NEW YORK (AP) — In handing Brian Williams a six-month suspension for misleading viewers, NBC Universal chief Steve Burke says his chief anchor deserves a second chance. Whether he actually gets one is an open question.
Time is renowned for its healing powers but in this case, time also offers reasons for the split to become permanent. NBC Universal bought time with the suspension, hoping to remove an unflattering spotlight on its most prominent personality after he falsely reported flying in a helicopter hit by an enemy grenade in the Iraq War.
Veteran Lester Holt will fill in. With "Nightly News" atop the ratings for almost all of Williams' decade-long tenure as its lead anchor — and back into the 1990s with Tom Brokaw — Holt will be watched closely to see if he can maintain that lead. If he can, that may lessen NBC's desire to bring back a more costly anchor with doubts cast on his trustworthiness.
ABC in the past year maintained and even improved its "World News Tonight" ratings after replacing well-known anchor Diane Sawyer with David Muir. That indicates viewers care more about the content of the broadcasts than its anchors, said Andrew Tyndall, a consultant who monitors the evening newscasts.
"Not only is (Williams) dispensable, the business model is wrong," he said.
Even with the suspension, NBC has kept open its investigation into Williams' tendency to embellish stories of his work experiences. NBC News President Deborah Turness said that NBC Universal's general counsel has joined investigative editor Richard Esposito in the probe.
Some critics believe Williams is already so ethically compromised that it would be difficult for him to work an election campaign, whether viewers would accept him asking a presidential candidate, for example, to account for conflicting statements on an issue.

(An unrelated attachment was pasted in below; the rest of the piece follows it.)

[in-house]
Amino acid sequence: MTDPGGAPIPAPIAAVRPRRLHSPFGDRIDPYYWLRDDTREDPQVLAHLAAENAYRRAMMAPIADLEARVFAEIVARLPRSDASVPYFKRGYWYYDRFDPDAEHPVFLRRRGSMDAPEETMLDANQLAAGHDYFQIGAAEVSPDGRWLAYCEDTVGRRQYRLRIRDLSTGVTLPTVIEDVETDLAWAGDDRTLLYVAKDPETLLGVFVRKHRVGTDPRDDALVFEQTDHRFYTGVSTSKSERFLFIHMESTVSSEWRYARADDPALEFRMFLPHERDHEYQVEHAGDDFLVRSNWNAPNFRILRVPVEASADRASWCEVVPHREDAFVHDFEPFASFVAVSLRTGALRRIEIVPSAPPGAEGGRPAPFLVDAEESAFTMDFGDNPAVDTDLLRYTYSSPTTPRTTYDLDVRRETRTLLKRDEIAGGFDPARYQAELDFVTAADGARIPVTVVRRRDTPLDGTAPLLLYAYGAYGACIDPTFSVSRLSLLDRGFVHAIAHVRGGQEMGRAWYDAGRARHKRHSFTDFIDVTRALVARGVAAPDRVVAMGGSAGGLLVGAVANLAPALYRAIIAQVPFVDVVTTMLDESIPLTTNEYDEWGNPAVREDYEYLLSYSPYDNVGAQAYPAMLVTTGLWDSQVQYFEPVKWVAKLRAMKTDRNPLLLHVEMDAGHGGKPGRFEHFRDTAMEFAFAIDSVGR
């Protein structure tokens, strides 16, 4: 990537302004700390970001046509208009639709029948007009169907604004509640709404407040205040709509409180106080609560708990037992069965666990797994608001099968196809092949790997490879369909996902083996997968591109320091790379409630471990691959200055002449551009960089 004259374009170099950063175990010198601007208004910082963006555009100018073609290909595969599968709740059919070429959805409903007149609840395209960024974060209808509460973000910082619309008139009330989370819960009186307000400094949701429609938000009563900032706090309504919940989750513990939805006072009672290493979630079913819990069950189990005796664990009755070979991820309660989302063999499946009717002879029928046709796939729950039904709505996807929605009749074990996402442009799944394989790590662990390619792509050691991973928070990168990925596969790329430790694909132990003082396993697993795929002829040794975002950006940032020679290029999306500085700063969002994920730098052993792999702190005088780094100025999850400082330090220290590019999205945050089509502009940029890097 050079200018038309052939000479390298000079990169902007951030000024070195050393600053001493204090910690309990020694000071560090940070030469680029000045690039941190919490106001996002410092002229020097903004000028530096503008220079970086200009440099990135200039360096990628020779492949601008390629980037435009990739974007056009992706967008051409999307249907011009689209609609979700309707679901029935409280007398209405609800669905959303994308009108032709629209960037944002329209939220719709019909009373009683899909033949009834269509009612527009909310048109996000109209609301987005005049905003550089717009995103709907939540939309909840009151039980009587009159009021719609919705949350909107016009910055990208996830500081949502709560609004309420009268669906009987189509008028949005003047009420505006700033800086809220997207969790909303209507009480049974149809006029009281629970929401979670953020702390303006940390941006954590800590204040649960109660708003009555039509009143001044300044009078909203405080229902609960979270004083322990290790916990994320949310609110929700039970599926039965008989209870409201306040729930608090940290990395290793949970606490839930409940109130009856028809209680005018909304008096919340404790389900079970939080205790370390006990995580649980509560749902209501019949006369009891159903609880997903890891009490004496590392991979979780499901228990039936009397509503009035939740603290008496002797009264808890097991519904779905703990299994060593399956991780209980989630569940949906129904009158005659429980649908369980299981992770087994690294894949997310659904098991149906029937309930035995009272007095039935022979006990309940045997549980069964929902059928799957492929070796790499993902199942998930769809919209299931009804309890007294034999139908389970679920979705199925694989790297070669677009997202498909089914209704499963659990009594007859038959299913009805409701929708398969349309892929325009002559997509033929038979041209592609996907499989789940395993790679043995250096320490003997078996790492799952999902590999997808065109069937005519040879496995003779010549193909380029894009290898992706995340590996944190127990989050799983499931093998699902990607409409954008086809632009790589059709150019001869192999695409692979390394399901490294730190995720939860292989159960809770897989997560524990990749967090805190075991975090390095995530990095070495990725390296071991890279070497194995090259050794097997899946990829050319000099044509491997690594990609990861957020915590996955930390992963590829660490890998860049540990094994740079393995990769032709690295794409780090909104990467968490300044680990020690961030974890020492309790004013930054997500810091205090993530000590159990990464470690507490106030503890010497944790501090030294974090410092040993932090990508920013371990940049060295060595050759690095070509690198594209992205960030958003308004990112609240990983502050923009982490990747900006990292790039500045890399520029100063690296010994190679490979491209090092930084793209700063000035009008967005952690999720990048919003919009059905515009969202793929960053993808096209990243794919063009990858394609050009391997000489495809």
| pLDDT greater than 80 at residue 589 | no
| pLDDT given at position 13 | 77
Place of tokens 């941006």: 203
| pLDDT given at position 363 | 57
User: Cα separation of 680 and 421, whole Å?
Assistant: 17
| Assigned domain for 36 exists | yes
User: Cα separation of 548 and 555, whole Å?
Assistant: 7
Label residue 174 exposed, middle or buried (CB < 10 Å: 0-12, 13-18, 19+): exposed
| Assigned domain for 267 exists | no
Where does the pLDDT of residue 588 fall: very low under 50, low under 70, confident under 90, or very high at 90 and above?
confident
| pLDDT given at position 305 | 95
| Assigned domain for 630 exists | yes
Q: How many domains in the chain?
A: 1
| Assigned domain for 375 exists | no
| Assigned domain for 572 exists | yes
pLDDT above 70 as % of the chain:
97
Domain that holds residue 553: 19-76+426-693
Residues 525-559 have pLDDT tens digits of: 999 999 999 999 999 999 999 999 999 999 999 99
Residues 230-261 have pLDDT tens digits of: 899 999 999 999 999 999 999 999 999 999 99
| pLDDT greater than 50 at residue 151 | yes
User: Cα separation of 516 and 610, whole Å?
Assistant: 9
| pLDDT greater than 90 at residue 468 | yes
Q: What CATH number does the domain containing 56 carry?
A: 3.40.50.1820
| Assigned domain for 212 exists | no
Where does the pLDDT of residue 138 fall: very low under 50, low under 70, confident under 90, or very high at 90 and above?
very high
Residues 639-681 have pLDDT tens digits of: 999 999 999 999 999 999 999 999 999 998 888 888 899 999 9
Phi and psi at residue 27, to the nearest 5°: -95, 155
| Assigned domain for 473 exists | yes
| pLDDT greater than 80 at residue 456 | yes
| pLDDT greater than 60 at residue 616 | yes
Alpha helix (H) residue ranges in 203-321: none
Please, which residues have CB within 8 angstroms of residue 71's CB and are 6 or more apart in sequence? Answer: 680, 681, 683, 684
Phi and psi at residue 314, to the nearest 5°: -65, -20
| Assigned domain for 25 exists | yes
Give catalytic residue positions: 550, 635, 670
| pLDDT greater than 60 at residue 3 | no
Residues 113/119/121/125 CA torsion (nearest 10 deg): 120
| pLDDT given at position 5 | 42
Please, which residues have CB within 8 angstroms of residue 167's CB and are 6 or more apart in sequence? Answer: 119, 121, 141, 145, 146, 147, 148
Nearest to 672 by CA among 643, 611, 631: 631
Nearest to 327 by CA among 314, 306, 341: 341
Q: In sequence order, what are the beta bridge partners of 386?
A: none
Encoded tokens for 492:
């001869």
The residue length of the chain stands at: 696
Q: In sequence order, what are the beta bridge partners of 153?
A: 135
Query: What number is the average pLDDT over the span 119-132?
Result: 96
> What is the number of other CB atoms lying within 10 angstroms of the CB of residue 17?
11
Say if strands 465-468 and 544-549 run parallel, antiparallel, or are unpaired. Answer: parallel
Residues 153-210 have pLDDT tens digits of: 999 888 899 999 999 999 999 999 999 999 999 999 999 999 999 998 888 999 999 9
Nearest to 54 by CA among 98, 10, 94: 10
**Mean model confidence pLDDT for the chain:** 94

"The suspension so wounds him," said Frank Sesno, a George Washington University professor and former CNN Washington bureau chief. "If the offense is sufficiently severe to warrant a six-month suspension, how does one recover stature and credibility?"
Williams has declined to comment on his suspension, and the head-spinning aspect of his fall from grace may have precluded him from thinking about his future. He may decide he doesn't want to continue in his present role, or at NBC, with the six months offering him and NBC Universal a chance to negotiate a settlement.
Williams' hiring as chief anchor predates Comcast's takeover of NBC Universal, which would leave some question about the loyalty of its executives toward him. Embarrassing headlines about NBC News also aren't welcome at a time Comcast Corp. is still seeking federal approval of its purchase of Time Warner Cable.
With all these caveats, and the strong words of Williams' bosses about his wrongdoing, a clear pathway back was publicly offered.
"I know Brian loves his country, NBC News and his colleagues," Burke said. "He deserves a second chance and we are rooting for him. Brian has shared his deep remorse with me and he is committed to winning back everyone's trust."
Comeback stories are popular, as are stories about the downfall of powerful people. Williams' explanation of misremembering some facts ignited online ridicule of him. A more humble apology, admitting he fudged a story to make himself look good, may strike viewers as more believable.
NBC's handling of the apology, and Saturday's curious announcement from Williams that he was taking himself off the broadcast — as opposed to his bosses ordering him to — has also cast negative attention on NBC News management.
Turness has had a rough run as NBC News president: the "Today" show has shown little progress chasing "Good Morning America," and was embarrassed by the quick hiring and firing of an executive who created backstage turmoil; medical correspondent Nancy Snyderman angered the public by violating a quarantine for Ebola exposure proved ; "Meet the Press" has sunk in the ratings and David Gregory's exit as moderator played out uncomfortably in public, and now Williams, who had been the network's bright spot.
Not all are her fault, yet managers of losing teams get only so many chances.
Follow David Bauder at twitter.com/dbauder. His work can be found at http://bigstory.ap.org/content/david-bauder